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Best of Alan Rickman: From ‘Blow Dry’ to ‘Bottle Shock’ to Severus Snape
We conclude our look back at the career of 2011 fan favorite Alan Rickman with his roles from the past decade. As in his fine ’90s run, there is tremendous diversity here, but one particular portrayal looms larger than the others.
There’s the little-seen 2001 comedy Blow Dry, written by Slumdog Millionaire‘s Simon Beaufoy, which features Rickman as a competitive hair stylist whose wife (the late Natasha Richardson) has left him for another woman (Six Feet Under‘s Rachel Griffiths). The movie was largely savaged by critics – its bizarre cast includes Josh Hartnett, Rachael Leigh Cook, and Heidi Klum – but Rickman received decent notices. And he is quite alluring in scenes like this:
Many Rickmaniacs have applauded his title role in 2001’s transatlantic farce The Search for John Gissing co-starring Mike Binder (who also wrote and directed) and Janeane Garofalo.
Rickman had more success in 2003’s Love Actually, the beloved ensemble rom-com in which he plays an exec tempted married to a loving wife (Emma Thompson) but tempted into adultery by his hot-to-trot secretary. The scene below, in which he attempts to surreptitiously buy his secretary a necklace while out shopping with his wife, is one of the film’s funniest moments. (Thanks partially to Rowan Atkinson, who plays a salesman who won’t make things easy for Rickman.)
Rickman mastered a Southern U.S. accent to play real-life cardiac surgeon Alfred Blalock in the 2004 HBO film Something the Lord Made, which charts Blalock’s longtime working relationship with a gifted but unsung black surgeon (Mos Def) during the Jim Crow era. Lee writes about Rickman’s Emmy-nominated performances, “[It was] incredible to watch this Englishman play the real American doctor who helped pioneer open-heart surgery in the mid-20th century so convincingly. Alan does not fail to deliver in such a demanding and different role, I was so impressed by him in this.”
In 2006’s Snow Cake, Rickman portrays a guilt-stricken man who befriends an autistic woman (Sigourney Weaver) after he’s involved in a car accident that kills her daughter. Kim writes, “As Alex Hughes, or Mr. Shifty as Carrie-Anne Moss calls him in the movie, Rickman plays a truly vulnerable man who is out of his depth emotionally in a foreign land, weighed down by the mistakes of his past… It was a restrained and understated performance that made the movie a true slice-of-life tale, and one in which I observed his sheer ability to perform and convey, almost effortlessly, the most complex human emotions.”
Alan Rickman added another baddie to his resume with Judge Turpin, antagonist of Johnny Depp‘s title character in Tim Burton‘s 2007 adaptation of the musical, Sweeney Todd: The Demon Barber of Fleet Street.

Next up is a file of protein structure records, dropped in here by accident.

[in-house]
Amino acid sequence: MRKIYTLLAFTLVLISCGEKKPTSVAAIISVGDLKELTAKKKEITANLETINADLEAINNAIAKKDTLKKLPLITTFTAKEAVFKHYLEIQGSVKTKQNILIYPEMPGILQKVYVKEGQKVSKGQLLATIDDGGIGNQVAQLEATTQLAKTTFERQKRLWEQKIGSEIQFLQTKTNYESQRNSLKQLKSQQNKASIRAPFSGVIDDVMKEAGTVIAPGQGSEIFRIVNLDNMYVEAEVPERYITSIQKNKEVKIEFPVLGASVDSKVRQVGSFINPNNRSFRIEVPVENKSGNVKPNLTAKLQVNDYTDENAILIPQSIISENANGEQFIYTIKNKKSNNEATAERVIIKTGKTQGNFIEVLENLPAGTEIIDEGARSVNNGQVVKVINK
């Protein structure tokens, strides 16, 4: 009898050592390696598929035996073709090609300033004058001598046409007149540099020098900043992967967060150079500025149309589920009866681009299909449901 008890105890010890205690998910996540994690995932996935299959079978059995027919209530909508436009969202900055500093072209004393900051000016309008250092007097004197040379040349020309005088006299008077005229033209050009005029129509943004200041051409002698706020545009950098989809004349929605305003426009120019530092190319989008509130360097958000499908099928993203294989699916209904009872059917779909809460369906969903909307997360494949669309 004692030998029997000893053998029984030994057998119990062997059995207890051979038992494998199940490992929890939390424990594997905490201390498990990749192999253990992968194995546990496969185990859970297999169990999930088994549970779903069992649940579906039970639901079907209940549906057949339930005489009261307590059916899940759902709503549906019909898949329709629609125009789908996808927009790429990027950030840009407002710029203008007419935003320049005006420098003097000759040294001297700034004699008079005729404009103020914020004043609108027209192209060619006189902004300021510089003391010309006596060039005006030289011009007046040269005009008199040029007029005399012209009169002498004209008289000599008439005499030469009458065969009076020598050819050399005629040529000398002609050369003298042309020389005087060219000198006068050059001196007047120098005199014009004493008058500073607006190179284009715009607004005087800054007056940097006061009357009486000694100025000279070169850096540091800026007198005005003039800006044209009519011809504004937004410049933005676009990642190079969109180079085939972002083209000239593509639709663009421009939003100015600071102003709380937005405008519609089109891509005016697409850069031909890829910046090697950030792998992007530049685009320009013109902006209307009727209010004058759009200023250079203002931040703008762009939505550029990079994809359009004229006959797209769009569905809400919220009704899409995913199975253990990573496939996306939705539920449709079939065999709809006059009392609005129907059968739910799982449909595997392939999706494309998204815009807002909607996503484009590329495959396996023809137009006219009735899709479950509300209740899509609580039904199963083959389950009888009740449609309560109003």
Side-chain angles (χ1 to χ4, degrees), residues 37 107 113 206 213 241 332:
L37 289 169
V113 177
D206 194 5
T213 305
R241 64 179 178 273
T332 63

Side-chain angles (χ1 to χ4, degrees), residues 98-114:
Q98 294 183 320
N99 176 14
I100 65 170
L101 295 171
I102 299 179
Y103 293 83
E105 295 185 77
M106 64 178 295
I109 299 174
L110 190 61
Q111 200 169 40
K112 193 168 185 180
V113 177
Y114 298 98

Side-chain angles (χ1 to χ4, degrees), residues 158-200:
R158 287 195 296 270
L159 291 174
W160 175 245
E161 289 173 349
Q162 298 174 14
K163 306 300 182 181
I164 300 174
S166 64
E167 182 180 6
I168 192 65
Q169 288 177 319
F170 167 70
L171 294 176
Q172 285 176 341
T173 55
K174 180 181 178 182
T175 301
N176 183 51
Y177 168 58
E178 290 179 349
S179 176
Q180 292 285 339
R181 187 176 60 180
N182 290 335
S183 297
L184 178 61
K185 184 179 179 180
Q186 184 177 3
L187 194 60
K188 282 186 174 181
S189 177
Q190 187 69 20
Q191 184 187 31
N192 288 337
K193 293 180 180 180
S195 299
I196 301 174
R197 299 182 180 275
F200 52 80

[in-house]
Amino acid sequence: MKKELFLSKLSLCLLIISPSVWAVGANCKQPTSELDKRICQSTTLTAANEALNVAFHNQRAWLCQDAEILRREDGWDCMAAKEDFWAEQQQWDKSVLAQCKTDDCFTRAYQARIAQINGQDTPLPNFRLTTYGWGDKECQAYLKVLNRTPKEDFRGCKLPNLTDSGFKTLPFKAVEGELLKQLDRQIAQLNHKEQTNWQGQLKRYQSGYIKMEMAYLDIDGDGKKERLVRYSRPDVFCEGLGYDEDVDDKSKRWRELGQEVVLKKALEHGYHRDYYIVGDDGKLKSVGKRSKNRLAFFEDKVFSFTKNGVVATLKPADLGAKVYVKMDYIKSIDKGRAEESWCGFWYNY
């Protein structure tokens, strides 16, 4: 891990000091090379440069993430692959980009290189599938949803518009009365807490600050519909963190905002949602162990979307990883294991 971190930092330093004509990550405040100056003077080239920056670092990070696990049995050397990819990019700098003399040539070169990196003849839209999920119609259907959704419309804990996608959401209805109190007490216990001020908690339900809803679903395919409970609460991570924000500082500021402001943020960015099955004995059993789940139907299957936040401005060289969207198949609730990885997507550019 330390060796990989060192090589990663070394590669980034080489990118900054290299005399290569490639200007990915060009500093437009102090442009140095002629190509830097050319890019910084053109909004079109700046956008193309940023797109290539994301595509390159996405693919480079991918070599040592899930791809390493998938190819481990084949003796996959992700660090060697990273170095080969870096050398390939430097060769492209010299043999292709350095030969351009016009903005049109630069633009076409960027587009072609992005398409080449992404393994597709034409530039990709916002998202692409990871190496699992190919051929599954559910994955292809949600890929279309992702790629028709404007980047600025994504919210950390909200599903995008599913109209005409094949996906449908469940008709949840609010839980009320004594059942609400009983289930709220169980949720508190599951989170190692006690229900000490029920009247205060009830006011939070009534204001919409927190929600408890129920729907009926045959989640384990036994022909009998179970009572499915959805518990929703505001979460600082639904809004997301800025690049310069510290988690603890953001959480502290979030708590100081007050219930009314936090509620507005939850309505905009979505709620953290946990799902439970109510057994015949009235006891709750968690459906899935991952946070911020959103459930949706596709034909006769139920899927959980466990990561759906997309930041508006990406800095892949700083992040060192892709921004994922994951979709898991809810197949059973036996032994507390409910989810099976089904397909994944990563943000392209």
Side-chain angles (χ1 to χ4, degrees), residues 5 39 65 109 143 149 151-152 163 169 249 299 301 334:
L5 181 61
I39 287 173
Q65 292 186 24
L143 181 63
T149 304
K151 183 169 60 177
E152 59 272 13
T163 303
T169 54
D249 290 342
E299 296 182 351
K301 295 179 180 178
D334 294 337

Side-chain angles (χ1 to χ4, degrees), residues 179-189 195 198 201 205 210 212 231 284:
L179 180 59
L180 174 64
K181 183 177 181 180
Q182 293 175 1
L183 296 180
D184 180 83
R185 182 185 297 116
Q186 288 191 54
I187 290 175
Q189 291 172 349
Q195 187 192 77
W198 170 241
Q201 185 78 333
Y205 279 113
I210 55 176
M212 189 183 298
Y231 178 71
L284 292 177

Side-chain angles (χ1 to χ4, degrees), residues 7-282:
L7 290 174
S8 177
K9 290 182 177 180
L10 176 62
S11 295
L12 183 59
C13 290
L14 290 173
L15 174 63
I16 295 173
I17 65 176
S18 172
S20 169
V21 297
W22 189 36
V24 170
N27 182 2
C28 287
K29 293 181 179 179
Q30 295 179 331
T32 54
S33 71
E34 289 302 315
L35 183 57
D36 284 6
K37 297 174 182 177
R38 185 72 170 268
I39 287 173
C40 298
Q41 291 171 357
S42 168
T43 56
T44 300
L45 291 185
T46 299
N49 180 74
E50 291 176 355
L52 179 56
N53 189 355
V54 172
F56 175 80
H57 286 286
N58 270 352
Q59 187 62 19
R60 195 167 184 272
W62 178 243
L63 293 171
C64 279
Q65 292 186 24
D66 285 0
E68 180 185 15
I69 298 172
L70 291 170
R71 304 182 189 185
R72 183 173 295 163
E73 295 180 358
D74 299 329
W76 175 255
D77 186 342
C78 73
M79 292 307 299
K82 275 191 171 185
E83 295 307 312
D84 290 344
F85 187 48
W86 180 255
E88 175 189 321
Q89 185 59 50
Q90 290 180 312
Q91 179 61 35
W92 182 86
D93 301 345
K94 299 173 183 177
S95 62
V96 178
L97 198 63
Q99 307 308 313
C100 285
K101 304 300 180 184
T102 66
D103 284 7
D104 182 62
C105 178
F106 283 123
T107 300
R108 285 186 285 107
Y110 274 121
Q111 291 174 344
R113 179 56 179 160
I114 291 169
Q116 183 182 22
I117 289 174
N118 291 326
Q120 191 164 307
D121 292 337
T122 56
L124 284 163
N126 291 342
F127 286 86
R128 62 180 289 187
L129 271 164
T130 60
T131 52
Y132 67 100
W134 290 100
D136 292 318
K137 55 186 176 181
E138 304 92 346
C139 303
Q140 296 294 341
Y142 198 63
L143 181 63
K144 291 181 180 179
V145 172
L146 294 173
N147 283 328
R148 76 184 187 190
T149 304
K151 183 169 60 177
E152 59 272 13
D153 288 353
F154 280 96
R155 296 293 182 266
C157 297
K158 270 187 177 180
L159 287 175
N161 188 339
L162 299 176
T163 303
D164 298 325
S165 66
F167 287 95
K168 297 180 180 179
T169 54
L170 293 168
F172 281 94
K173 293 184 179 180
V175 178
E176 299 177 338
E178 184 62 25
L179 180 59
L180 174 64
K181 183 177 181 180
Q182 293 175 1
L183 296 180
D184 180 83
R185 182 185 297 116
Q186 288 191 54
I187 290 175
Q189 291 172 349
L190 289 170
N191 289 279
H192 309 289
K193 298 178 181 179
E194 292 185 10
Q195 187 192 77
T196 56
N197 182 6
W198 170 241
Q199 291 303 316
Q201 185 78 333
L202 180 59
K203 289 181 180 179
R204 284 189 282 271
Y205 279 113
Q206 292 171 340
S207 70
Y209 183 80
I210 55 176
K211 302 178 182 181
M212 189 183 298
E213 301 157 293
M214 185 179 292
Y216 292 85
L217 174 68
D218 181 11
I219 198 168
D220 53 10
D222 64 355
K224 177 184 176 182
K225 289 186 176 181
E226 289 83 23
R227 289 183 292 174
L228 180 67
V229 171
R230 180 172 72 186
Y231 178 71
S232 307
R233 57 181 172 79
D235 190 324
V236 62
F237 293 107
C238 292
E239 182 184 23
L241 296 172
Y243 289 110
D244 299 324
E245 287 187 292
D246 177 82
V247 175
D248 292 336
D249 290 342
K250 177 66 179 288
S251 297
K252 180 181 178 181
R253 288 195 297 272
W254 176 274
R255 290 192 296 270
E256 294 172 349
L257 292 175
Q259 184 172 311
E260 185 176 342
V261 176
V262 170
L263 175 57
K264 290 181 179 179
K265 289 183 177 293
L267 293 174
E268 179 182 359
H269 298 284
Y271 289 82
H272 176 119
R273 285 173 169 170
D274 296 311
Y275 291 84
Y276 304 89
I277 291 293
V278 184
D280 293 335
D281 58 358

Slate‘s Dana Stevens calls Rickman “marvelous as ever” in the 2008 comedy Bottle Shock, in which he plays a British expat sommelier living in Paris who outsmarts French wine snobs with a blind tasting contest, pitting homegrown wines against “lesser” Napa Valley ones. “Rickman…balances his character’s priggishness with curiosity and a barely hidden streak of hedonism,” Stevens writes.
However, it’s Rickman’s role as Severus Snape, the grim, gothic, fearsome Hogwarts professor who taunts and tortures young Harry Potter, that has provoked the greatest notices of his entire career. The character begins in 2001’s Harry Potter and the Philosopher’s Stone as a generally menacing figure, but through Rickman’s nuanced work, he develops more shading and depth over the series. So much so that Rickman’s revelatory performance in the film’s final installment, this past summer’s Deathly Hallows Part 2, could bring him the Oscar nomination that has thus far eluded him.
Elle writes, “Nothing about him was ever just black or white and when the truth came out, it killed me again and again and again. From the first glimpse of him in Deathly Hallows Part 2, I had cold shivers running down my spine, because Alan conveyed every little piece of conflict and pain and love of this brave man in a simple moment of silence.”
Rickman has continued to stretch himself in varied roles, both on stage and screen. He reunited with his Les Liaisons Dangereuses co-star Lindsay Duncan in Ibsen‘s John Gabriel Borkman, which was produced on stage in Dublin in 2010 before moving to New York’s BAM earlier this year. Here’s a clip from the Dublin production:
I leave with another rare find I stumbled upon: Rickman and Duncan re-enacting a scene from Liaisons at the 1987 Tony awards. Yes, that’s Mary Tyler Moore introducing them.
In 2012, Rickman will join Colin Firth and Cameron Diaz in a remake of the Michael Caine caper, Gambit. What sort of role would you like to see Rickman tackle next?